A court may grant summary judgment only if the evidence, viewed in the light most favorable to the party opposing the motion, presents no genuine issue of material fact, Samuels v. Mockry, 77 F.3d 34, 35 (2d Cir. 1996), and the movant is entitled to judgment as a matter of law. See Anderson v. Liberty Lobby, Inc., 477 U.S. 242, 248, 91 L. Ed. 2d 202, 106 S. Ct. 2505 (1986). The Court must however, resolve all ambiguities and draw all reasonable inferences in the light most favorable to the party opposing the motion. See Quaratino v. Tiffany & Co., 71 F.3d 58, 64 (2d Cir. 1995); Twin Laboratories, Inc. v. Weider Health & Fitness, 900 F.2d 566, 568 (2d Cir. 1990); Knight v. U.S. Fire Ins. Co., 804 F.2d 9, 11 (2d Cir. 1986), cert. denied, 480 U.S. 932, 94 L. Ed. 2d 762, 107 S. Ct. 1570 (1987).
According to the Second Circuit "summary judgment is a tool to winnow out from the trial calendar those cases whose facts predestine them to result in a directed verdict." United National Ins. Co. v. The Tunnel, Inc., 988 F.2d 351, 355 (2d Cir. 1993). Once a party moves for summary judgment, in order to avoid the granting of the motion, the non-movant must come forward with specific facts showing that a genuine issue for trial exists. West-Fair Elec. Contractors v. Aetna Cas. & Surety Co., 78 F.3d 61, 63 (2d Cir. 1996); see also Western World Ins. Co. v. Stack Oil, Inc., 922 F.2d 118, 121 (2d Cir. 1990) (quoting Fed. R. Civ. P. 56(e)). A genuine issue of material fact exists if "a reasonable jury could return a verdict for the nonmoving party." Liberty Lobby,, 477 U.S. at 248; see Vann v. New York City, 72 F.3d 1040 (2d Cir. 1995).
However, mere conclusory allegations, speculation or conjecture will not avail a party resisting summary judgment. Kulak v. City of New York, 88 F.3d 63, 70 (2d Cir. 1996). If there is evidence in the record as to any material fact from which an inference could be drawn in favor of the non-movant, summary judgment is unavailable. Holt v. KMI-Continental, Inc., 95 F.3d 123, 128 (2d Cir. 1996); Rattner v. Netburn, 930 F.2d 204, 209 (2d Cir. 1991). Finally, the Court is charged with the function of "issue finding", not "issue resolution." Gallo v. Prudential Residential Servs., Ltd, Partnership, 22 F.3d 1219, 1224 (2d Cir. 1994).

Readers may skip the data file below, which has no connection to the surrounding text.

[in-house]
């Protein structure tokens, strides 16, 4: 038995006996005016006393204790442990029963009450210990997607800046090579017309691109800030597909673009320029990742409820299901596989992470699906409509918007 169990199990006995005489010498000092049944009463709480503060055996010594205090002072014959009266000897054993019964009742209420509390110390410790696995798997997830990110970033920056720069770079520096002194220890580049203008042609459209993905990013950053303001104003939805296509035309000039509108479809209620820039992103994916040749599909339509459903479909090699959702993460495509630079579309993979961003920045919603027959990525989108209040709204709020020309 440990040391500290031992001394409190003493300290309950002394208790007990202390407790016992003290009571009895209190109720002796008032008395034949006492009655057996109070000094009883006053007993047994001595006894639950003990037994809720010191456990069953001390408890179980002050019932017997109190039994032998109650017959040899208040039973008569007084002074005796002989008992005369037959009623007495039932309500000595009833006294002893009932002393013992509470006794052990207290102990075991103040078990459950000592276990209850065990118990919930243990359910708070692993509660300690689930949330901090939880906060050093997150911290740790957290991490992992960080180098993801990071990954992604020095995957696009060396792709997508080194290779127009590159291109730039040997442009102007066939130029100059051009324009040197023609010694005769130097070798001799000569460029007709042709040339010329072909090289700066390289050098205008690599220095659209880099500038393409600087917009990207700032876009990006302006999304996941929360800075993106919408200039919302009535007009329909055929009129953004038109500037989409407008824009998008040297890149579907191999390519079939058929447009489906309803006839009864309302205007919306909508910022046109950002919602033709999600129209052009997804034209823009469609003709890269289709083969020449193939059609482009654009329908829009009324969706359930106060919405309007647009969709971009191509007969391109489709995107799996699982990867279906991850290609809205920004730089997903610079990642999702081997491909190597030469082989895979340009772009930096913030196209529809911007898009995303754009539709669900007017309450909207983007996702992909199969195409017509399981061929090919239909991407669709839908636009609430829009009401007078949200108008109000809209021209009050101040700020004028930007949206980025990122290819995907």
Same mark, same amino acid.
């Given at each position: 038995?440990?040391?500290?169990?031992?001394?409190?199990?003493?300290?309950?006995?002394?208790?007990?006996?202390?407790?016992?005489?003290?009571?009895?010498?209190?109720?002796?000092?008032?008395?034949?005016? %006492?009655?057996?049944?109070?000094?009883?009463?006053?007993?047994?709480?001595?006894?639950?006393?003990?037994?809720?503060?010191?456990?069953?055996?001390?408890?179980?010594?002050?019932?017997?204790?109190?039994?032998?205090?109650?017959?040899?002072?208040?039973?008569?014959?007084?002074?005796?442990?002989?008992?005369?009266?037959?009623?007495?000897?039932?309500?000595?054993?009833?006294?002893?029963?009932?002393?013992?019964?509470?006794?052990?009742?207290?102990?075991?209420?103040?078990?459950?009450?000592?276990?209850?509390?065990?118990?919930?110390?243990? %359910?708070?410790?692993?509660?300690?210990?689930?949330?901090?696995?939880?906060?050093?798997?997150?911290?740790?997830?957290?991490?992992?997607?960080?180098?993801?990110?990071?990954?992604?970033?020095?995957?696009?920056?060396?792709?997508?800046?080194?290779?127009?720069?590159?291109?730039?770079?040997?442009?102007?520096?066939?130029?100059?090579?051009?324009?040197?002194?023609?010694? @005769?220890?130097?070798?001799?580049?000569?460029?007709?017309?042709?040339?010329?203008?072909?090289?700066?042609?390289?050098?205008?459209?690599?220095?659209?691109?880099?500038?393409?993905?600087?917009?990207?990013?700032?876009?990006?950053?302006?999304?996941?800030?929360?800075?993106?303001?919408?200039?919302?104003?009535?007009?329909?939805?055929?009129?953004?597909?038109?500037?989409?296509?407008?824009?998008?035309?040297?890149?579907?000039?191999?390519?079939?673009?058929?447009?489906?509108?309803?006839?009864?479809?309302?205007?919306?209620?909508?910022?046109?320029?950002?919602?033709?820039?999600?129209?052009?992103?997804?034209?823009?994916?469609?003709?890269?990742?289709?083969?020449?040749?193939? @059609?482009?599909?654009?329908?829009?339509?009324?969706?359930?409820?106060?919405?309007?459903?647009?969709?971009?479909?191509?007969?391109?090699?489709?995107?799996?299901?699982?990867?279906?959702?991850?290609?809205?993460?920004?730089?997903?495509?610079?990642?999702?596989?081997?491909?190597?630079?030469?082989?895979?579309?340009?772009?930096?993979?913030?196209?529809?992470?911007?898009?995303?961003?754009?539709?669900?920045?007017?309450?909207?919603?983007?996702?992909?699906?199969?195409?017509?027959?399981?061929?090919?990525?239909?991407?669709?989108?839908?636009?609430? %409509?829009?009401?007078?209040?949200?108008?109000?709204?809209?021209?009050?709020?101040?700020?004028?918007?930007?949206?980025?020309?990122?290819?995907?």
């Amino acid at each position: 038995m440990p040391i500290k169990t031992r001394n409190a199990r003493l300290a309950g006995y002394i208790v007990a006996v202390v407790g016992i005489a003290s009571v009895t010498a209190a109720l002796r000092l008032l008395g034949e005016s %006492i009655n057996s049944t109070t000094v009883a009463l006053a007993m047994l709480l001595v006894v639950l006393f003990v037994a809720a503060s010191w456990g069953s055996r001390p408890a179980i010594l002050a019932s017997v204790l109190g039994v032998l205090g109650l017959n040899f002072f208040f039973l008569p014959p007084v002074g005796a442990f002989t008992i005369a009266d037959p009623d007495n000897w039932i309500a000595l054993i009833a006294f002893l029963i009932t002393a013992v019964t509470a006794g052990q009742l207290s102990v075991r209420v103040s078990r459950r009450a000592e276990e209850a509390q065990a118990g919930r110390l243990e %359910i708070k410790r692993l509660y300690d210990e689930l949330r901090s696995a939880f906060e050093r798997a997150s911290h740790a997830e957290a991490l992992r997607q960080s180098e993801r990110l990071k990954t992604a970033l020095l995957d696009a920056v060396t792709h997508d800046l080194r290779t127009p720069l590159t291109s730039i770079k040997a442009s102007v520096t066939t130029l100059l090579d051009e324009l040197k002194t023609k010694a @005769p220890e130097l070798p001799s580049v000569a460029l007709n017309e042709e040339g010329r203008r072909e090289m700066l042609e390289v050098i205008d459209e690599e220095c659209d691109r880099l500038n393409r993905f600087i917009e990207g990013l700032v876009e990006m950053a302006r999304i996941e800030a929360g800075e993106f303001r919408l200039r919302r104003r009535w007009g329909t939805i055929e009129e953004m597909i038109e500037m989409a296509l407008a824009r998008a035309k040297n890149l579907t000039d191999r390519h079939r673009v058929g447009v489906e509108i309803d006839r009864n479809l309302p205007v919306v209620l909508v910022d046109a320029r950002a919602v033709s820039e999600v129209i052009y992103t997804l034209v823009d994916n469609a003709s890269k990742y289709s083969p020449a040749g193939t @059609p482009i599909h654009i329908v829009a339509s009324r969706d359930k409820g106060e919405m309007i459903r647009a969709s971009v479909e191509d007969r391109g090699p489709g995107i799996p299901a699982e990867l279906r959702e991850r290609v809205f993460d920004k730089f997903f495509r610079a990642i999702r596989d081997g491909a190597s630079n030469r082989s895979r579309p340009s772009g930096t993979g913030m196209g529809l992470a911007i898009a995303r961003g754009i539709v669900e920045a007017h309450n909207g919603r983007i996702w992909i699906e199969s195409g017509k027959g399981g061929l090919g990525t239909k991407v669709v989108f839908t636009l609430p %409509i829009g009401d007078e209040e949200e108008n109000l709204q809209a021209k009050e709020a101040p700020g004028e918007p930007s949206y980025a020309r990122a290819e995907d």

It is within this framework that the Court addresses the grounds for the present motion for summary judgment.
B. The Fair Credit Reporting Act
The plaintiffs claim that the defendants are liable under the federal and state Fair Credit Reporting Acts for obtaining credit reports under "false pretenses" and failure to provide adequate notice. See 15 U.S.C. § 1681q; N.Y. Gen. Bus. L. §§ 380-b, 380-o. The Court will address of the allegations under the federal statute first.
1. The federal act
The FCRA was enacted in response to the "need to insure that consumer reporting agencies exercise their grave responsibilities with fairness, impartiality, and a respect for the consumer's right to privacy." 15 U.S.C. § 1681(a)(4). With respect to users of information provided by consumer reporting agencies, section 1681q of the federal act provides:
Any person who knowingly and willfully obtains information on a consumer from a consumer reporting agency under false pretenses shall be fined not more than $ 5,000 or imprisoned not more than one year or both.
15 U.S.C. § 1681q. Civil liability will attach to any consumer reporting agency or user who willfully fails to comply with these provisions under 15 U.S.C. § 1681n which addresses "willful noncompliance." Zamora v. Valley Federal Sav. & Loan Ass'n, 811 F.2d 1368, 1370 (10th Cir. 1987); Kennedy v. Border City Sav. & Loan Ass'n, 747 F.2d 367, 369 (6th Cir. 1984); Graziano v. TRW, Inc., 877 F. Supp. 53, 56 (D. Mass. 1995).
Parenthetically, the Court notes that some courts have also recognized a claim pursuant to 15 U.S.C. § 1681o which provides for a private right of action for negligent noncompliance with the FCRA. See, e.g., Hansen v. Morgan, 582 F.2d 1214, 1219 (9th Cir. 1978); Yohay v. City of Alexandria Employees Credit Union, Inc., 827 F.2d 967, 971-72 (4th Cir. 1987). However, because section 1681q requires that an individual act "knowingly and wilfully" in order to be found guilty of obtaining consumer information under false pretenses, this Court believes that the proper vehicle for civil liability is section 1681n and not section 1681o. See Kennedy, 747 F.2d at 368 n.1; Graziano, 877 F. Supp. at 56 n.5 (collecting cases).
In any event, the standard for determining whether a consumer report is acquired under "false pretenses" is usually defined in terms of the "permissible purposes" for obtaining those reports which are set forth at 15 U.S.C. § 1681b. Hansen, 582 F.2d at 1219; Zamora, 811 F.2d at 1370; Graziano, 877 F. Supp. at 57; Allen v. Calvo, 832 F. Supp. 301, 303 (D. Or. 1993). Section 1681b defines "permissible purposes" as follows:
A consumer reporting agency may furnish a consumer report under the following circumstances and no other: